... noise than any of the young people had ever in their lives heard before. Rising higher, and higher, shriller and yet more shrill, the sound seemed to shudder through the cavern as though caused by some supernatural source. There was nothing human in a single ...
— Nan Sherwood at Rose Ranch • Annie Roe Carr

... life!" roared Garstin. "It's the great consolation for all the damnableness of the human existence. Work first and ...
— December Love • Robert Hichens

... face. It was like the slap of a man's hand. His cheeks stung, and involuntary tears of pain were in his smarting eyes. Several hundred natives had taken to the trees, and he could have laughed at the bunches of human fruit clustering in the tops. Then, being Tahitian-born, he doubled his body at the waist, clasped the trunk of his tree with his hands, pressed the soles of his feet against the near surface of the trunk, and began to walk up the tree. At the top he found two women, ...
— South Sea Tales • Jack London

... Phoenix. You have also heard, of course, of the penalty for breaking the Rule, which you must suffer along with this human boy?" ...
— David and the Phoenix • Edward Ormondroyd

... great deal to do with my liking him so much, and I should be puzzled to account for my passion, as much in his case as in most others. If there was any reason for it, perhaps it was that he had the power of taking me out of my life, and putting me into the lives of others, whom I felt to be human beings as much as myself. To make one live in others, this is the highest effect of religion as well as of art, and possibly it will be the highest bliss we shall ever know. I do not pretend that my translation was through my unselfishness; it was distinctly through that selfishness which perceives ...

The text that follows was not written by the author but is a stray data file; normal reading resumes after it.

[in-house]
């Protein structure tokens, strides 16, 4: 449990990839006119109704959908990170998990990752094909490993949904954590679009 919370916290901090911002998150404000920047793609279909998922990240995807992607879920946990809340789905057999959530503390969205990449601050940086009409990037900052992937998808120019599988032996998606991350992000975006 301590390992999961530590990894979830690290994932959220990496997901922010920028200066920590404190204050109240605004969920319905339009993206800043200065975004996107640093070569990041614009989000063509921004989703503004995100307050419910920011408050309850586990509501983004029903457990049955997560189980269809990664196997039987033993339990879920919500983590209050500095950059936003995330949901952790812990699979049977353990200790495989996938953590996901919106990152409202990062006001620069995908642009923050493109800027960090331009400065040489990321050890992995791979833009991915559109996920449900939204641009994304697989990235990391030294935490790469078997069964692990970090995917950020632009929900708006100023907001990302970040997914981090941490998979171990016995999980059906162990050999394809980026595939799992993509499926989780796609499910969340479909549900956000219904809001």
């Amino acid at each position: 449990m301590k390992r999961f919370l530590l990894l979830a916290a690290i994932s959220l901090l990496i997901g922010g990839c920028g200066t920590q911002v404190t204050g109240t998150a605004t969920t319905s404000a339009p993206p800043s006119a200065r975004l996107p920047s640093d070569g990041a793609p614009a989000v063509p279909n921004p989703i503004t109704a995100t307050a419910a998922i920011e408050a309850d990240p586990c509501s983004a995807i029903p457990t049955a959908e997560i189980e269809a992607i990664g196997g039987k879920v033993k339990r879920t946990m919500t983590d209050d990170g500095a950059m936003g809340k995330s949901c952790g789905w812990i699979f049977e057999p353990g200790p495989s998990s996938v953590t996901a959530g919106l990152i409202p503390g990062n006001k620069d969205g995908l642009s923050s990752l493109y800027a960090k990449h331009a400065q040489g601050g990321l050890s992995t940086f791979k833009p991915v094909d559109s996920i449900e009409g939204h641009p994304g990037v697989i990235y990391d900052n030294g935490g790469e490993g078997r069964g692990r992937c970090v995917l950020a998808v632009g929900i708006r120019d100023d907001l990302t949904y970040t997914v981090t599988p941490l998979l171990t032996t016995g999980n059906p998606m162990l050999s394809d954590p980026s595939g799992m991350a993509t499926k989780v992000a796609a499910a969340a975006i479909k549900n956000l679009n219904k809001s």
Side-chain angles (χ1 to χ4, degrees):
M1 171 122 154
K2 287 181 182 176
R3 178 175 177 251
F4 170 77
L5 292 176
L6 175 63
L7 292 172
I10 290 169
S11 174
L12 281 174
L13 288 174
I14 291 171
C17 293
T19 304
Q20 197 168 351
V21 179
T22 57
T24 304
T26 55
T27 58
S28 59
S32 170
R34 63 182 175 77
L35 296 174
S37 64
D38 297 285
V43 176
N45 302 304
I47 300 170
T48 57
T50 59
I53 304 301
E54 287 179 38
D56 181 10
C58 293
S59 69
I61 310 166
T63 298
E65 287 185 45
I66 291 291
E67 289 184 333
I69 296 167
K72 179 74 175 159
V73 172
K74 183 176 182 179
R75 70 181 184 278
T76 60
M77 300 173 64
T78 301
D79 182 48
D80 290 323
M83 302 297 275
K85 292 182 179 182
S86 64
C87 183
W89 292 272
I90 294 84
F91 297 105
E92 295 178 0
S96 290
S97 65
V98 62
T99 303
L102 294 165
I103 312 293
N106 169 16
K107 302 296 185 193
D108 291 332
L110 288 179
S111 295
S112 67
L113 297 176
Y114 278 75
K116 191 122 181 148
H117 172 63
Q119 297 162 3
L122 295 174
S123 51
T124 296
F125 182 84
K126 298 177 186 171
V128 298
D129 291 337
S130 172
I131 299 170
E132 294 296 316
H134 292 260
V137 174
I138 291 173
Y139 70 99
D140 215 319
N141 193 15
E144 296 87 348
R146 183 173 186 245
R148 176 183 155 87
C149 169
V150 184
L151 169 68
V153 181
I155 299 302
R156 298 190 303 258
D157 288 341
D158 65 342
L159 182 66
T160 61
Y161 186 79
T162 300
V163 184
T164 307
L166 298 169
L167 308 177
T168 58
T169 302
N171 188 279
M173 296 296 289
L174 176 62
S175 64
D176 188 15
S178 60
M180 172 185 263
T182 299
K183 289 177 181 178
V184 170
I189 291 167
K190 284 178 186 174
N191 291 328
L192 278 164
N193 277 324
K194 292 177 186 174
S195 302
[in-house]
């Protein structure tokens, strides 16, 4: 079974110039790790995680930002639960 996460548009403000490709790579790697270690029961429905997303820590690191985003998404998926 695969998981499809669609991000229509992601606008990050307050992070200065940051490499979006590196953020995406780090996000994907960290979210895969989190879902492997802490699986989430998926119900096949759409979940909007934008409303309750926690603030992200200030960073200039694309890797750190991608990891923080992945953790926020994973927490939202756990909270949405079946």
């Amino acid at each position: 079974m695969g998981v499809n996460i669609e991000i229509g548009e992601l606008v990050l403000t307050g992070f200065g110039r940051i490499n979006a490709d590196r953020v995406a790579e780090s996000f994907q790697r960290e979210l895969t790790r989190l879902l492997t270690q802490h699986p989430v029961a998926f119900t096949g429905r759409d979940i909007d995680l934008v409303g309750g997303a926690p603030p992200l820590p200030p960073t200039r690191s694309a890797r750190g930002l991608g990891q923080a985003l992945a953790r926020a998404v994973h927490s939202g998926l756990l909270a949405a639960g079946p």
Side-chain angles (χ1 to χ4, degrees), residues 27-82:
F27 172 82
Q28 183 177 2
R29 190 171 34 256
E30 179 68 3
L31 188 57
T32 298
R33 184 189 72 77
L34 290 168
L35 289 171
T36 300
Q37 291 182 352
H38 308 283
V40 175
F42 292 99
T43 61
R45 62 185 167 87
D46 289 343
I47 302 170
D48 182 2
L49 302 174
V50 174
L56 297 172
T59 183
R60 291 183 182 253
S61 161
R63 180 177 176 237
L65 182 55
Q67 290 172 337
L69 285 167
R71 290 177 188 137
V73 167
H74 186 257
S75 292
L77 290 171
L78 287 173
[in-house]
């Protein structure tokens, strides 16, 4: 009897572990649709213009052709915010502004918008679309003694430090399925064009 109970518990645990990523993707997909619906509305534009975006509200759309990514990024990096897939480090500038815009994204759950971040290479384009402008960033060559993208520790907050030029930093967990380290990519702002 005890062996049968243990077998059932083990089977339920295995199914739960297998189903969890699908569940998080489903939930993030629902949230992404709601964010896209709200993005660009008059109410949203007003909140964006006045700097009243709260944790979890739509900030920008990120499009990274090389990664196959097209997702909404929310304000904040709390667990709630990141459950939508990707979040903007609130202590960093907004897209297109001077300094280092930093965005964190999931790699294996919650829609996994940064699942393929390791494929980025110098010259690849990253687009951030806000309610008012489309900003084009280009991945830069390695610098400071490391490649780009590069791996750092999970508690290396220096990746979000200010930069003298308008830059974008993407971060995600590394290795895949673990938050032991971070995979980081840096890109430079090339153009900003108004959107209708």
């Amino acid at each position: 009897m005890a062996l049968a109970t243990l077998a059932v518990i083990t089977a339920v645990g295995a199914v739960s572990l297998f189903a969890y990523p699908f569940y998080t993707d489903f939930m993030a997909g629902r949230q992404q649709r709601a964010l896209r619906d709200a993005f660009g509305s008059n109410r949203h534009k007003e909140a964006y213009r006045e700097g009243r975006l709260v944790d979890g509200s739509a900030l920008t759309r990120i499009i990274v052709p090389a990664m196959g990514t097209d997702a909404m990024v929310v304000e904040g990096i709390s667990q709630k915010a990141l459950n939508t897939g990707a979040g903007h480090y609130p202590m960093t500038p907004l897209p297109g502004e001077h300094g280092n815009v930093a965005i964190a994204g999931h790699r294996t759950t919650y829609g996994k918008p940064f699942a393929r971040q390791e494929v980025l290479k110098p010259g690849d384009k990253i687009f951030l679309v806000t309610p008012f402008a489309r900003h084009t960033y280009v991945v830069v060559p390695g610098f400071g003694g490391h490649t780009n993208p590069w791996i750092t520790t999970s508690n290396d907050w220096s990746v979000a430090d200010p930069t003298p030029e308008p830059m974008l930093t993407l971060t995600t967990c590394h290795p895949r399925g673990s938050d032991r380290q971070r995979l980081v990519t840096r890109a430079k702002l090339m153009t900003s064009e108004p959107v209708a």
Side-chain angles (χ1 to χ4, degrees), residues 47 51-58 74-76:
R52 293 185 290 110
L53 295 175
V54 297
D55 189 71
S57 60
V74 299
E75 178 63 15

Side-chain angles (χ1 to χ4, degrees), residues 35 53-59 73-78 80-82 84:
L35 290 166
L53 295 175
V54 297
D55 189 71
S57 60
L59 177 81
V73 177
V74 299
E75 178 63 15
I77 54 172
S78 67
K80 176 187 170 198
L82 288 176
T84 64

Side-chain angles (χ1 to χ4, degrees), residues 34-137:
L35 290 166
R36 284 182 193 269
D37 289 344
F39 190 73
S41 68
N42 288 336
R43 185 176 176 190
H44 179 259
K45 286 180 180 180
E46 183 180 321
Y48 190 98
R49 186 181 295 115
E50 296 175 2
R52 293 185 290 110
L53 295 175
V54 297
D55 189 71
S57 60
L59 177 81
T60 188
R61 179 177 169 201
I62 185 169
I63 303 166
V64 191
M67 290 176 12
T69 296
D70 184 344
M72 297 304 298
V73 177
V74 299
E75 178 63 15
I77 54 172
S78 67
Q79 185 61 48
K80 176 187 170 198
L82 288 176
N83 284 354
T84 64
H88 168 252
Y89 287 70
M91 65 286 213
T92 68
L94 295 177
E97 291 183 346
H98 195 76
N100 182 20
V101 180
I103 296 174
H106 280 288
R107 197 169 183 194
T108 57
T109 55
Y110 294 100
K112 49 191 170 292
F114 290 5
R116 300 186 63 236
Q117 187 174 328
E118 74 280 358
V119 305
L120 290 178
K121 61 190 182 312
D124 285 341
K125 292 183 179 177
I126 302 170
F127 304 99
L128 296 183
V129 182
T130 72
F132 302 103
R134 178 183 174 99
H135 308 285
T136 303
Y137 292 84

— Henry James, Jr. • William Dean Howells

... the southward half a mile, and camped on a small grassy flat, without water for the horses. The seven natives slept at our fire. We gave them as much damper as they could eat. They had not the least particle of clothing, and made pillows of each other's bodies, and resembled pigs more than human beings. ...
— A Source Book Of Australian History • Compiled by Gwendolen H. Swinburne

... accurately defined," proceeds upon a mistaken view of the clause itself. It relates to the obligation of a contract, and forbids any act by which that obligation is impaired. To American lawyers, this seems to be as precise and definite as any rule can be made by human language. The distinction between the right to the fruits of a contract, and the time, tribunal, and manner, in which that right is to be enforced, seems very palpable. At all events, since the decision of the supreme court of the United States in those cases in which this ...